Friday, 29 May 2009 07:33
A Tribute to the life of
Ivan van Sertima (26 January 1935 – ) is a Guyanese-British historian, linguist and anthropologist . He is a noted for his Afrocentric theory of pre-Columbian contact between Africa and the Americas.
Early life and education
Van Sertima was born in Kitty Village, Guyana, on 26 January 1935, when it was still a British colony. He has remained a British citizen. Van Sertima’s father Frank Obermuller was a trade union leader. Van Sertima completed primary and secondary school in Guyana, and started writing poetry.
He went to London in 1959 for university. In addition to producing an array of creative writing, Van Sertima completed undergraduate studies in African languages and literature at the School of Oriental and African Studies of the University of London in 1969, where he graduated with honors. During his studies he became fluent in Swahili and Hungarian languages.
He worked for several years in Great Britain as a journalist, doing weekly broadcasts to the Caribbean and Africa. In doing field work in Africa, he compiled a dictionary of Swahili legal terms. In 1970 Van Sertima immigrated to the United States, where he entered Rutgers University in New Brunswick, New Jersey for graduate work.
Van Sertima began his more than 30-year teaching career at Rutgers as an instructor in 1972. In 1977 he completed his master’s degree. He is Associate Professor of African Studies in the Department of Africana Studies. As editor of the Journal of African Civilization and author of numerous books, he has addressed topics in literature, linguistics, anthropology and history. Van Sertima has written a number of books in which he argues that the Ancient Egyptians were black.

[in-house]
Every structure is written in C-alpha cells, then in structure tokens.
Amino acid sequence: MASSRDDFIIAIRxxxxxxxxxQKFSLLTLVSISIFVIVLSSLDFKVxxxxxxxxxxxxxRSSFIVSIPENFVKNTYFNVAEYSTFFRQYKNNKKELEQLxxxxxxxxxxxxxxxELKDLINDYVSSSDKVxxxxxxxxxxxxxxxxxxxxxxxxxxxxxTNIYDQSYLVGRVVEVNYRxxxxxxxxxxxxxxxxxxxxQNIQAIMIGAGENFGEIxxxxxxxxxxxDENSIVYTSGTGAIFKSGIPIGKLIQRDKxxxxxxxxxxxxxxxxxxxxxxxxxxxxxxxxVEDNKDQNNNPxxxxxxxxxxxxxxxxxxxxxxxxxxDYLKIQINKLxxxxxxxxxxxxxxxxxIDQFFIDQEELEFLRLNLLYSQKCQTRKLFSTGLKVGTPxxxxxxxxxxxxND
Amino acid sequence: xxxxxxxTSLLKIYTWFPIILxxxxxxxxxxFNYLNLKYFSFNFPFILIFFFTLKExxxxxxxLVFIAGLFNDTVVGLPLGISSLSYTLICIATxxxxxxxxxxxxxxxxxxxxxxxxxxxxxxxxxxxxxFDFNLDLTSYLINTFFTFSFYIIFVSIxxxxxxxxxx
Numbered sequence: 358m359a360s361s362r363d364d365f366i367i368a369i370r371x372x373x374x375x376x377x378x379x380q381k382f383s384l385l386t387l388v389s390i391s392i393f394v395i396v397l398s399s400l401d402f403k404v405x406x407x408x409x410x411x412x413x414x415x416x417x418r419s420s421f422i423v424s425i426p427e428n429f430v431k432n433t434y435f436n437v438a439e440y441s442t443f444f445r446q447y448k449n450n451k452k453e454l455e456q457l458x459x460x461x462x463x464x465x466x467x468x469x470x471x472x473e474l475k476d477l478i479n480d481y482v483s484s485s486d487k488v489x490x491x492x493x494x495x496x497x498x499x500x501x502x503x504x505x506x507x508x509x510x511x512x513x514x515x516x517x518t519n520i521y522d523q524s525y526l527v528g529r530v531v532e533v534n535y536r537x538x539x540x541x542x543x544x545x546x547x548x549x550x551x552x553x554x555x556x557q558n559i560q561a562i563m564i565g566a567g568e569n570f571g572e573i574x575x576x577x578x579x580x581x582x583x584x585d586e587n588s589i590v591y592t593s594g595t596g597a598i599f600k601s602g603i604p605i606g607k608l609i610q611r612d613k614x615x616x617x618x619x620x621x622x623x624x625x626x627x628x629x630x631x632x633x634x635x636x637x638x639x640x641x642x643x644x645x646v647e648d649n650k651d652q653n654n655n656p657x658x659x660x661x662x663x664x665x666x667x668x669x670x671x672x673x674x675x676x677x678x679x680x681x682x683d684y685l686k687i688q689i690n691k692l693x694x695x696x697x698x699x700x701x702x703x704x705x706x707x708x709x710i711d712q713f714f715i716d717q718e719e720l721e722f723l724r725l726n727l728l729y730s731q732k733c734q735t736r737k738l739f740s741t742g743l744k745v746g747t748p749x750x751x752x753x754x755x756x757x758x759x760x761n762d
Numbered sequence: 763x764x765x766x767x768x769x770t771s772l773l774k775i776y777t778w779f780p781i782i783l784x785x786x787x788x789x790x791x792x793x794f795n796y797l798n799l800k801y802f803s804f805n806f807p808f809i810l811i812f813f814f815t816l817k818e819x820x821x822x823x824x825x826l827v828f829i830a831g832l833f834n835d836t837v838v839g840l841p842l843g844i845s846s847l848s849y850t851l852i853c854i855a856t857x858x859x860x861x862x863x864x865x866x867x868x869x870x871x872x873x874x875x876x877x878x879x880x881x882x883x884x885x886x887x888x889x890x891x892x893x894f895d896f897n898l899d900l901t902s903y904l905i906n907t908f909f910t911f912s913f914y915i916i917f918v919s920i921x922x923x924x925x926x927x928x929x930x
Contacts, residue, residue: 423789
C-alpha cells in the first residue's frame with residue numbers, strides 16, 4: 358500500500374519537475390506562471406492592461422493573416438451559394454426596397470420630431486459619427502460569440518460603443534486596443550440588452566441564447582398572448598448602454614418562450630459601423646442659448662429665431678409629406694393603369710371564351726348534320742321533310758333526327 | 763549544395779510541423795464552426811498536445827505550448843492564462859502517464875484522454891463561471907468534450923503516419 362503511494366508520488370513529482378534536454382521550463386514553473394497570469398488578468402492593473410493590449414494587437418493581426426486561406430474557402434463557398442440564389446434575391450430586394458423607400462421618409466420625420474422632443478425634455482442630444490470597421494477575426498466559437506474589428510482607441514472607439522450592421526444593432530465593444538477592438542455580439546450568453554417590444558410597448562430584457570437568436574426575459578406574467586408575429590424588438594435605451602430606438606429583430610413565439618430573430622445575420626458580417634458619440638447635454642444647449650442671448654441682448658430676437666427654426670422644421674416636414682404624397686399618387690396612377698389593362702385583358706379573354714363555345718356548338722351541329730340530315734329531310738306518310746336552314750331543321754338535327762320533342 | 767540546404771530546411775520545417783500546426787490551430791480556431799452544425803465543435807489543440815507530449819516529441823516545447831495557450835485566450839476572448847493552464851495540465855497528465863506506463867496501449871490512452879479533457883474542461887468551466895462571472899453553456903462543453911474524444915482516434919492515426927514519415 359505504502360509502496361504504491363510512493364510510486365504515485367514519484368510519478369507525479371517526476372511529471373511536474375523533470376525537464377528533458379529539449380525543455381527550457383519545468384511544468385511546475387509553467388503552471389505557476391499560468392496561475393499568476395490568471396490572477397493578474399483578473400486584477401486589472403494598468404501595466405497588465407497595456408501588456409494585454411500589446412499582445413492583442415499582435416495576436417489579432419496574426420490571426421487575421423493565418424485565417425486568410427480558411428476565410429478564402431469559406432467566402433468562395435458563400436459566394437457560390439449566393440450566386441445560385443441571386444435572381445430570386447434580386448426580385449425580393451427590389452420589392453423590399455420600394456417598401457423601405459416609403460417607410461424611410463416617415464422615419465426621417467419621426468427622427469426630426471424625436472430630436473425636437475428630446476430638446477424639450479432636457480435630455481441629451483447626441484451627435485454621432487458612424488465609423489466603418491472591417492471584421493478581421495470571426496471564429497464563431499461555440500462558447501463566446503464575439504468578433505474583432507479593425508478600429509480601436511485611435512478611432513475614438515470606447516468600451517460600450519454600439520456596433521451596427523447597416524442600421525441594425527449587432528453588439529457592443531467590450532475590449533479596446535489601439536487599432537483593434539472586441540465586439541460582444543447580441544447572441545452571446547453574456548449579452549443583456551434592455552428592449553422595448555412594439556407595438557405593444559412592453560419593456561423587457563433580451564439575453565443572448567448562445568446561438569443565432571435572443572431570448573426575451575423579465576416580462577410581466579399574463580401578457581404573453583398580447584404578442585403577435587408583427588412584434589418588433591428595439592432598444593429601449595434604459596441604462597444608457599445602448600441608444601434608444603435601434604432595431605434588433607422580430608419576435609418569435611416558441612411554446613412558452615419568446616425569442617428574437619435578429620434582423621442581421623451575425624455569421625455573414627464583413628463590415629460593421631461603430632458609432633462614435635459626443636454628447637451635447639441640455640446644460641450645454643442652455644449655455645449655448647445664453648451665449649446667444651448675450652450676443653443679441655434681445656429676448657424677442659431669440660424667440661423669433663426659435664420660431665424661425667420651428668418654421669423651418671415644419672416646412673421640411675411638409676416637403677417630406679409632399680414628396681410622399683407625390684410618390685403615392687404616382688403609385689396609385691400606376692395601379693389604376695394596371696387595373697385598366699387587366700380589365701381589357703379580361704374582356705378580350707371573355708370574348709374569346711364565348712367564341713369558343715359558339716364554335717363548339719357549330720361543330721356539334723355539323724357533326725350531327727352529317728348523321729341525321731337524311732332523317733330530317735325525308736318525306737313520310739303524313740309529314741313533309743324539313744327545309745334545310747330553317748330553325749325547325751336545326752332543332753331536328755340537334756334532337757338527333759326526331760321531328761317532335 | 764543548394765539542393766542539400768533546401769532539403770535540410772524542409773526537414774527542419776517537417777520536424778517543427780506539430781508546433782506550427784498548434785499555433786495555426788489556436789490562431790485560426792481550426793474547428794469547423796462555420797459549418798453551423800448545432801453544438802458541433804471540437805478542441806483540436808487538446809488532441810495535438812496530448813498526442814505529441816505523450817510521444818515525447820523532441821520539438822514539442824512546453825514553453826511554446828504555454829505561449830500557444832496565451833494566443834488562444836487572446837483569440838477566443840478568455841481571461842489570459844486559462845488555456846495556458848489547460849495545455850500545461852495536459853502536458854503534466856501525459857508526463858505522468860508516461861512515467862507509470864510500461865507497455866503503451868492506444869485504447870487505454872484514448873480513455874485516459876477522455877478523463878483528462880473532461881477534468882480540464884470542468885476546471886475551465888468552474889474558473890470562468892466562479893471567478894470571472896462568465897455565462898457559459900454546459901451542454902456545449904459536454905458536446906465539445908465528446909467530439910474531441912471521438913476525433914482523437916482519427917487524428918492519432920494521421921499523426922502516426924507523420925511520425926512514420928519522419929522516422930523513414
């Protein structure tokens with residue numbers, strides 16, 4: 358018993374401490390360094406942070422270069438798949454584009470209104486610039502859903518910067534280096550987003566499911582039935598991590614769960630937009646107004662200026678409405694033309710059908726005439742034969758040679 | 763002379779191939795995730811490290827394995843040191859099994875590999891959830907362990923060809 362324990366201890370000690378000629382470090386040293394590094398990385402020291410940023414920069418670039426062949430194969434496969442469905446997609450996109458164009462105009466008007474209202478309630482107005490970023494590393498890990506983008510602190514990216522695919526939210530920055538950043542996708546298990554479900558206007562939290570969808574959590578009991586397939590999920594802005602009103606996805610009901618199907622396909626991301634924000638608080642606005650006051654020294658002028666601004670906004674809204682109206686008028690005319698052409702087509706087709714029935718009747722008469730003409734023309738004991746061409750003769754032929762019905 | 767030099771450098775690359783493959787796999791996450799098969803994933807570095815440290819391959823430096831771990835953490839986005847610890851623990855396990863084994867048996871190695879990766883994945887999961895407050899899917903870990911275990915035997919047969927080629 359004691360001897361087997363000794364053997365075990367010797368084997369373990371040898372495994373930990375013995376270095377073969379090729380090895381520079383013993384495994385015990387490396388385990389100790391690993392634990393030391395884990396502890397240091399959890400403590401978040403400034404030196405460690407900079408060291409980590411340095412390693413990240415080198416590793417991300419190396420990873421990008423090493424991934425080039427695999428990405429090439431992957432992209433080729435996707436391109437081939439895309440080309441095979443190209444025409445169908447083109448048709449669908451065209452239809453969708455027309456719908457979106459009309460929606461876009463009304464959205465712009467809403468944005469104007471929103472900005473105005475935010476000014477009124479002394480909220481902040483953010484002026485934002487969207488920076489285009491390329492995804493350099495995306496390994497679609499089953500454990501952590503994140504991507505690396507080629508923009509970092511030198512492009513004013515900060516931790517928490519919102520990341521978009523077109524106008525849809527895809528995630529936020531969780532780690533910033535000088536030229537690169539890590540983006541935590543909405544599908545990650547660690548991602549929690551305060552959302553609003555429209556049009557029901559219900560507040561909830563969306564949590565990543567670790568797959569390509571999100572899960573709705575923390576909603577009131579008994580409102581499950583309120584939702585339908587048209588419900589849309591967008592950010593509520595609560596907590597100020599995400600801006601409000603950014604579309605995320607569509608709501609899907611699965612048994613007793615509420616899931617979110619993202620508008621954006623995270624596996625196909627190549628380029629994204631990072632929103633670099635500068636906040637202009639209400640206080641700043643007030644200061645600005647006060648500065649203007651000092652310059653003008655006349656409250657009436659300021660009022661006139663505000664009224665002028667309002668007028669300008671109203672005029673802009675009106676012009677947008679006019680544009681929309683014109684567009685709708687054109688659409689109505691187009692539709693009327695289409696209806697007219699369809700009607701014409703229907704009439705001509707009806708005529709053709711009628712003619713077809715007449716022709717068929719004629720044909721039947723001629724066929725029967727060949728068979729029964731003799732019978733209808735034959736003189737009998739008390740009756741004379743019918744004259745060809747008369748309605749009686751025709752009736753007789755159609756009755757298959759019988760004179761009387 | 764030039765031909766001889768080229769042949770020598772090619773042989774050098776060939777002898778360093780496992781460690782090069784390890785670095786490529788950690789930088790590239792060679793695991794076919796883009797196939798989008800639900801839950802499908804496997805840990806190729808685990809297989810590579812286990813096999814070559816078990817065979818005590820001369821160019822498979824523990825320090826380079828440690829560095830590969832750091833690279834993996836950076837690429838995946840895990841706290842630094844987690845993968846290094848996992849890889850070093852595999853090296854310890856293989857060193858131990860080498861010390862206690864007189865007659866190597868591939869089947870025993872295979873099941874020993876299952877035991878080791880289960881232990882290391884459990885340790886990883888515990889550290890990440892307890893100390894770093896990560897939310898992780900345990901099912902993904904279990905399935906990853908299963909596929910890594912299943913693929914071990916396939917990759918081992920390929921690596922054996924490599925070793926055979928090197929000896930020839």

His 1976 book They Came Before Columbus was a bestseller and achieved widespread fame for his claims of prehistoric African influences in Central and South America. It did not receive much professional attention when published, and has been criticized by academic specialists.
Van Sertima also treated the topic of African scientific contributions in his essay for the volume African Renaissance, published in 1999. This was a record of the conference held in Johannesburg, South Africa in September 1998 on the theme of the African Renaissance. His article is titled The Lost Sciences of Africa: An Overview. In it he presents early African advances in metallurgy, astronomy, mathematics, architecture, engineering, agriculture, navigation, medicine and writing. He notes that such higher learning, in Africa as elsewhere, was the preserve of elites in the centres of civilizations, rendering them very vulnerable in the event (as happened in Africa) of the destruction of those centers.
On July 7, 1987 Van Sertima appeared before a United States Congressional committee to challenge giving credit for the discovery of America to Christopher Columbus.
Condolences may be sent to his wife:
Jacqueline Van Sertima
347 Felton Avenue
Highland Park, NJ 08904